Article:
Over a year ago, I shared insights on my blog from a survey Beverly Kendall conducted that dug into the elements that help maximize income for self-published authors. One of the elements was to offer a book for free, especially if the freebie was related to our other books (such as the first book of a series or a set of books marketed as a series).
From Beverley’s survey, for authors with an income:
- Under $10K: 32.53% offered a series freebie
- Over $50K: 68% offered a series freebie
- Over $500K: 88.24% offered a series freebie
In other words, freebies correlate to higher incomes. This isn’t a surprise, as freebies expose our work to more readers, just like that exposure goal we covered last month—and if those readers like our work, they might buy our other stories.
This approach is known in marketing terms as a sales funnel. We offer something free to the widest possible audience, and then we use the back of our book (where readers who enjoyed our story will be most likely to want more from us) to direct readers to our other stories.
But a Freebie Won’t Help If…
Sales funnels are useful only if we have other books available that we can promote to freebie readers. Freebies don’t do us much good if we don’t have other books in our list to use for turning those freebie-loving readers into paid readers. The benefit applies only if we can use that page right after “The End” to sell the reader something else where we can make money.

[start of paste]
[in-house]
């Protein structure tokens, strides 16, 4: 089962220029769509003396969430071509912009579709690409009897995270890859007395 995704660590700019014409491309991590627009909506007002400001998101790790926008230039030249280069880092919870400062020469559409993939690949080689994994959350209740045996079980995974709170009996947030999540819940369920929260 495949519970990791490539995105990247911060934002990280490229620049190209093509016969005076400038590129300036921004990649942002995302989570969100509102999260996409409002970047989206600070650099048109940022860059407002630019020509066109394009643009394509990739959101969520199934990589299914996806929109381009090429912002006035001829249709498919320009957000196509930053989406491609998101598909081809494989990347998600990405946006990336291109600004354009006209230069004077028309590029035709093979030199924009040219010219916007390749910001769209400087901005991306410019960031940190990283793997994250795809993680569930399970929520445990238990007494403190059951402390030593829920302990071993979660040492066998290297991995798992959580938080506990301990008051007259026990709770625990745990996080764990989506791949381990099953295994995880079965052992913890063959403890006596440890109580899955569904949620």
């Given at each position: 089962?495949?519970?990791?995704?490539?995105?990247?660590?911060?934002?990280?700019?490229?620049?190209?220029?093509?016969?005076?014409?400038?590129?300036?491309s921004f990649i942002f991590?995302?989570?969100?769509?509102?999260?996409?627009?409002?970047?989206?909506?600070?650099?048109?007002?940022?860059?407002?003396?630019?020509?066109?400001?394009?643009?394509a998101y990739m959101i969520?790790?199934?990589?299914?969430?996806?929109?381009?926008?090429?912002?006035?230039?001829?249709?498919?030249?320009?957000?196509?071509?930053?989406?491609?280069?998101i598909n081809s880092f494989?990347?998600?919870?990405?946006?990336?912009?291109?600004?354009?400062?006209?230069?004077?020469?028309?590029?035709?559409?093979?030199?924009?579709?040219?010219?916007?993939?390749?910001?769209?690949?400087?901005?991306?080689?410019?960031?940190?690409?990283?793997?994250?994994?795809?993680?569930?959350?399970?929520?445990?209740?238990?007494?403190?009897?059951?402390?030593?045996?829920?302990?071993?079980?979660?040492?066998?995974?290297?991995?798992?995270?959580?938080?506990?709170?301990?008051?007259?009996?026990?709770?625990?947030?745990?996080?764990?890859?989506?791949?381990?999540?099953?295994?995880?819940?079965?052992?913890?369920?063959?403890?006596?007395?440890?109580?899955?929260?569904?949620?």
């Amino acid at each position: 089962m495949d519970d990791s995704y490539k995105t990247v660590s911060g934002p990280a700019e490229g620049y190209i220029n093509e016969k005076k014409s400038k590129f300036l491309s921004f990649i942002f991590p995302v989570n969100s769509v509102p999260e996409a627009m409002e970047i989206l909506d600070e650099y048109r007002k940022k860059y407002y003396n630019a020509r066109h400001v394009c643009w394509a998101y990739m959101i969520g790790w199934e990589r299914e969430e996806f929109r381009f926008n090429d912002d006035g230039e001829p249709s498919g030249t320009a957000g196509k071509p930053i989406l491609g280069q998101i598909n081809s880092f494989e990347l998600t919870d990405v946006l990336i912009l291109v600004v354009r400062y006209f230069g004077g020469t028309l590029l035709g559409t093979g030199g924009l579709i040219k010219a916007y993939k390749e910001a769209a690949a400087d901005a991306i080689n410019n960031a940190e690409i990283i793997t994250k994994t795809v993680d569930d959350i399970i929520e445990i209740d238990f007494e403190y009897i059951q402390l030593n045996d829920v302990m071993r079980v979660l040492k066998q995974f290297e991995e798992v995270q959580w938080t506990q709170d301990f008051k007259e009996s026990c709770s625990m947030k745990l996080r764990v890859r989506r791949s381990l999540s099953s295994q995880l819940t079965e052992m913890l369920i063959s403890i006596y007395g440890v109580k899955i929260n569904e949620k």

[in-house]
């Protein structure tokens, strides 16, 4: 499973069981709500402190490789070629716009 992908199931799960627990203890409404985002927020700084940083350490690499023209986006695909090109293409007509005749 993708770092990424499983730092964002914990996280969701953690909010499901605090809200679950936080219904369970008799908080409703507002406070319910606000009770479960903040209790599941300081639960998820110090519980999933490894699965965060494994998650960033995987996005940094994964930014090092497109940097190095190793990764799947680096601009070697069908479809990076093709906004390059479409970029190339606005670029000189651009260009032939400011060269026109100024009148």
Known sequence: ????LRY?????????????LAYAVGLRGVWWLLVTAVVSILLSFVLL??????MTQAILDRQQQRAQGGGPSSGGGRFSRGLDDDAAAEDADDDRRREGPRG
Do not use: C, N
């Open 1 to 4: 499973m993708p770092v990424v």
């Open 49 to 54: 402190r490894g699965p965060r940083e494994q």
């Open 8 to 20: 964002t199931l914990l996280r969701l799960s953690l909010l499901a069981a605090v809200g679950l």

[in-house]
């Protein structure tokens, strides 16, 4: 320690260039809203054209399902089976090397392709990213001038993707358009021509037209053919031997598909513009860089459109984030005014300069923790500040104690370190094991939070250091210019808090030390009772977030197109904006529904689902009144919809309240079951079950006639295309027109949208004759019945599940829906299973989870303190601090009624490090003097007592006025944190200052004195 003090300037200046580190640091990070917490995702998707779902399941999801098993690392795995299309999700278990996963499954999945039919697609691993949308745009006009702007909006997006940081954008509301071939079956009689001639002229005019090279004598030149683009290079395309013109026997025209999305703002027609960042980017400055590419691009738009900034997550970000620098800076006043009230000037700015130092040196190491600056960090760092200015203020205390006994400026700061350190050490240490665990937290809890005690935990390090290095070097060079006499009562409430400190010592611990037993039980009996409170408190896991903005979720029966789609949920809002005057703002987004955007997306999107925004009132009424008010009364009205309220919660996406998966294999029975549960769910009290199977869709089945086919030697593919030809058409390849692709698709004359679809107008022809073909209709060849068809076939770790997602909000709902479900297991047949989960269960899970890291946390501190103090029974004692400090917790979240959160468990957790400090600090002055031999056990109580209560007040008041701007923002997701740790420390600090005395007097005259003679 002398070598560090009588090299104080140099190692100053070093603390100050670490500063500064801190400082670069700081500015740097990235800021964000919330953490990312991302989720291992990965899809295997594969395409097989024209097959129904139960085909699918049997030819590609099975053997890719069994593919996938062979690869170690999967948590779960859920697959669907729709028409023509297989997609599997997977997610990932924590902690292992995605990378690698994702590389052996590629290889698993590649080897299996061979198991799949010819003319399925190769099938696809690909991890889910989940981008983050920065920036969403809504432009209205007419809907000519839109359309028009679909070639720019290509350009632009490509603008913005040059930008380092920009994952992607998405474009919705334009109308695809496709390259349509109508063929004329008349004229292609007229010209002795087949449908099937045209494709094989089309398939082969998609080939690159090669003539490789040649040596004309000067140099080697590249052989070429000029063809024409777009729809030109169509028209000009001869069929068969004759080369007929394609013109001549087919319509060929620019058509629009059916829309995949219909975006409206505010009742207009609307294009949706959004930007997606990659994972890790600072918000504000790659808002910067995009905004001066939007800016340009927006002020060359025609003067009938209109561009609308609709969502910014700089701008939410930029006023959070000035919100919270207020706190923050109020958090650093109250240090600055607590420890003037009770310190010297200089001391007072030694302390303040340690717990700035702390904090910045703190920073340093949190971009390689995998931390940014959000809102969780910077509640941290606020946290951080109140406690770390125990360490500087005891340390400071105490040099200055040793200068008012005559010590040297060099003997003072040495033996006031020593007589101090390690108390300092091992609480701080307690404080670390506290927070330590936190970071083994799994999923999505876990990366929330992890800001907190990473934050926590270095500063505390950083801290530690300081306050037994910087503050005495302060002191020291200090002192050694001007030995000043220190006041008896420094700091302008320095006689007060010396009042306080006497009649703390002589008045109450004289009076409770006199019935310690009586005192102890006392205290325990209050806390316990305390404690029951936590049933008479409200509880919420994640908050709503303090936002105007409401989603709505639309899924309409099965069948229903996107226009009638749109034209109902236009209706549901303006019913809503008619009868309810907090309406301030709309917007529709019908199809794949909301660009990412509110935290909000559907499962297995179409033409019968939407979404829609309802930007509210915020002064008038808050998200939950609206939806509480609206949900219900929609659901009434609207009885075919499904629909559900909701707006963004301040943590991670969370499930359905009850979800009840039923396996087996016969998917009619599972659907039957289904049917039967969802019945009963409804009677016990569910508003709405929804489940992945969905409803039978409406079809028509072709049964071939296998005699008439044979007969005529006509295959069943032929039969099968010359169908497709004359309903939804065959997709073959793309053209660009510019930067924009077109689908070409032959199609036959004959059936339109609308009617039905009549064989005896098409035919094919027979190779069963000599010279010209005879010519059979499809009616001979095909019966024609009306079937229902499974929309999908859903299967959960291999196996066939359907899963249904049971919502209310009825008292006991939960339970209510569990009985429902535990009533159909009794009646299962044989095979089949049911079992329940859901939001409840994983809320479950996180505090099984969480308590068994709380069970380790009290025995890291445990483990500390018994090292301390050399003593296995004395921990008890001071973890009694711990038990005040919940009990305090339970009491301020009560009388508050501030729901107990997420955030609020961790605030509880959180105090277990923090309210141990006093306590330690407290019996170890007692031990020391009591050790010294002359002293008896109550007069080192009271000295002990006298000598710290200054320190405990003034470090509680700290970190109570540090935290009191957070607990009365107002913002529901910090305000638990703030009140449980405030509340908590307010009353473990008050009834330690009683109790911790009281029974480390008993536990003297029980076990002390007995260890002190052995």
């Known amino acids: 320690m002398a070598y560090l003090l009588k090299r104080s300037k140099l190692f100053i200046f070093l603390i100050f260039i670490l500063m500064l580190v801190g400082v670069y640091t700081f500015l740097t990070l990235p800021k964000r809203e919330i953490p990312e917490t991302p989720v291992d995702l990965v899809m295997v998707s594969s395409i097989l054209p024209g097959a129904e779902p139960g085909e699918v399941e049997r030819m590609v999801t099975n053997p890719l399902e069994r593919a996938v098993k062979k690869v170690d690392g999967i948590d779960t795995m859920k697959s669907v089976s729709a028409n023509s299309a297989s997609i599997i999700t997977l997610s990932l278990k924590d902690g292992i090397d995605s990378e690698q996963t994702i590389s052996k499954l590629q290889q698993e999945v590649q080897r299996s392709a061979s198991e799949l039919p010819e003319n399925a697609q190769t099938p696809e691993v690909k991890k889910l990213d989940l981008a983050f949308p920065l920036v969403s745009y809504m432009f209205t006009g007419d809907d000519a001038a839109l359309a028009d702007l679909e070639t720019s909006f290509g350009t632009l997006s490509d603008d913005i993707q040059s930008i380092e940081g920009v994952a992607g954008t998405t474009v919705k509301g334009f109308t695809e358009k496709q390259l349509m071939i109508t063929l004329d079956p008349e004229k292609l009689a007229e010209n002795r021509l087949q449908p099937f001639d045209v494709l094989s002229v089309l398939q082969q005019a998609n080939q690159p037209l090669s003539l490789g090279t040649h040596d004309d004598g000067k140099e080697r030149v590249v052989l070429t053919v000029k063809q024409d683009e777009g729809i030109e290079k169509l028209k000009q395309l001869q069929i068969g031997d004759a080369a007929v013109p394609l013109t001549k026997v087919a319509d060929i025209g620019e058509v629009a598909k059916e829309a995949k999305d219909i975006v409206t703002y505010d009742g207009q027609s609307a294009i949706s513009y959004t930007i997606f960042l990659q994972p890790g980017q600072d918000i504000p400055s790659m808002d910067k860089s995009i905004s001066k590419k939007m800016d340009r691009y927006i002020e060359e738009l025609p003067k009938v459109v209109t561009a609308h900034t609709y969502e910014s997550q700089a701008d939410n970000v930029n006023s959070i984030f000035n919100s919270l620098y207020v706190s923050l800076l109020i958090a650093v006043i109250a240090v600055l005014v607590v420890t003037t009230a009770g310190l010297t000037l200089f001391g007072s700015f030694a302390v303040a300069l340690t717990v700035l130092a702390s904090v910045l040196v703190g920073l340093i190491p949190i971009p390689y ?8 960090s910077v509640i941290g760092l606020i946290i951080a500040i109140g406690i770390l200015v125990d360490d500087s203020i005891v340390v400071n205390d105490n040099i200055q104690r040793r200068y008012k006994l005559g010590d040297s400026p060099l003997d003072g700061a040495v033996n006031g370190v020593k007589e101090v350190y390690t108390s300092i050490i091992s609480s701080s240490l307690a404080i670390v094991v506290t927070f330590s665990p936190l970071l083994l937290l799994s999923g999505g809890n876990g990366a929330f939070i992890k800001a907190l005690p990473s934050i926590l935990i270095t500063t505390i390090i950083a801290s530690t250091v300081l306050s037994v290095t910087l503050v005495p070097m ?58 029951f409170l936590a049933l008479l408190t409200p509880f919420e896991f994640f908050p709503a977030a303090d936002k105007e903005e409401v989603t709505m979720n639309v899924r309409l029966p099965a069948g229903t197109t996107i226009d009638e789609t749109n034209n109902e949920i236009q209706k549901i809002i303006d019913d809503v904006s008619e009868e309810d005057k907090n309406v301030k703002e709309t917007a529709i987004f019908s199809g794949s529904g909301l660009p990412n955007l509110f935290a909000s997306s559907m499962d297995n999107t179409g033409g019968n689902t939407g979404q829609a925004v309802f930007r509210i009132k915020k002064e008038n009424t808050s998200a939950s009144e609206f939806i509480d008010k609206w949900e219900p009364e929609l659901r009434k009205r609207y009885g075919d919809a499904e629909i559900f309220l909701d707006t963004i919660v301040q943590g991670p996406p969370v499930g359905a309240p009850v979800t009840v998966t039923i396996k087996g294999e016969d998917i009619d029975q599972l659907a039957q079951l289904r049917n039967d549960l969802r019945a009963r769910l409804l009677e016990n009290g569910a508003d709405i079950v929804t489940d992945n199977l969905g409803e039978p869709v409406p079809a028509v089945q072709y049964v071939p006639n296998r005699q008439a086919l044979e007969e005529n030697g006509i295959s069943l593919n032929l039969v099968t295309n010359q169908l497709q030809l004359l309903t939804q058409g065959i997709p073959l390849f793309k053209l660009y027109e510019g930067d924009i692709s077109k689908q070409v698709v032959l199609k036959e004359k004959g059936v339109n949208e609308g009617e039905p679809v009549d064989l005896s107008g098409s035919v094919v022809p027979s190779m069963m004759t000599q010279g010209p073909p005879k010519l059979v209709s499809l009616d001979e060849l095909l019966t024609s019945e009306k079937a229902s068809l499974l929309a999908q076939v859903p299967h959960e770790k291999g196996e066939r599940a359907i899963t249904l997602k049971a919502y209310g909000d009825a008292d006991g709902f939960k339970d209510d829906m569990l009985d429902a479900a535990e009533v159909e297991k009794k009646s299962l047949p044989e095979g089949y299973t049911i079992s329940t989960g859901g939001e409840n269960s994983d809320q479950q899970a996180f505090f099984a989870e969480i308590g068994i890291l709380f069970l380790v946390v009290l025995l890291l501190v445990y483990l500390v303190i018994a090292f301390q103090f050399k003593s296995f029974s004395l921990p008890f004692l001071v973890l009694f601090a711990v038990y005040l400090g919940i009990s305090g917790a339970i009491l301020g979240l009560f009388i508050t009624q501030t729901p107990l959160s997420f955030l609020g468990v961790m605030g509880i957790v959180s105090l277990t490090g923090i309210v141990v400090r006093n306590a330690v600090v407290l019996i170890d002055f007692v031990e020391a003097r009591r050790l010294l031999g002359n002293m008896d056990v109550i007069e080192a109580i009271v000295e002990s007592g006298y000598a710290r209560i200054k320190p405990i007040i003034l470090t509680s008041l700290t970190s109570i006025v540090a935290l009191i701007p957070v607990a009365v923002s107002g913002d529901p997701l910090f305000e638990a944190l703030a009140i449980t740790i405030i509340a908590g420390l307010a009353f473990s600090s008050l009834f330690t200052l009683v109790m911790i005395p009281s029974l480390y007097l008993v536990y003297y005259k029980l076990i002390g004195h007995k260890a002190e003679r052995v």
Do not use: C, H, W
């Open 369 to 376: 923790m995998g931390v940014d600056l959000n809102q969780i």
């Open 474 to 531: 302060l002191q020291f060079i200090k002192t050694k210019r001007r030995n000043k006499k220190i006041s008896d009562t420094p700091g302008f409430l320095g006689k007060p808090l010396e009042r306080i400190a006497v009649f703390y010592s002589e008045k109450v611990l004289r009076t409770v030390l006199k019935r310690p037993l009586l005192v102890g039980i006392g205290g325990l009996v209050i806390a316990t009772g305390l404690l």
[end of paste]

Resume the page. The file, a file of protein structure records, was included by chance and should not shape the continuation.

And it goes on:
The Risks of a Freebie: #1—The Psychology of Free
Psychologically, we appreciate things more when we have to work for them. The survey I ran in 2014 showed that—not surprisingly—people are more likely to read a book if they’ve paid more for it.
If we’re spending $5.99 or more for an ebook, we’re going to make sure it’s not buried in our ereader. For the same reason, we’re not necessarily going to be in a hurry to read a free book. We’re simply not likely to appreciate it as much.
In addition, people tend to assume a correlation between price and quality. Some readers even avoid free and $0.99 books, assuming them to be crap. So a freebie runs the risk of giving readers the impression that our work isn’t worth more money.
Some freebie readers go so far as to leave a more negative review because they don’t respect the book. Many won’t appreciate it because it’s free.
That’s all normal within the psychology of free. We simply need to be prepared for lower-star reviews on free books.
The Risks of a Freebie: #2—The Content of Free
When we’re first starting out, we might not want to make a full-length novel free. A novel takes a long time to write and edit (and likely costs more to pay for editors, as the word or page count increases). Understandably, many authors will offer a short story or novella for free instead. But readers who would enjoy our usual writing aren’t necessarily going to appreciate a shorter work, where plots, characters, and themes aren’t as well developed.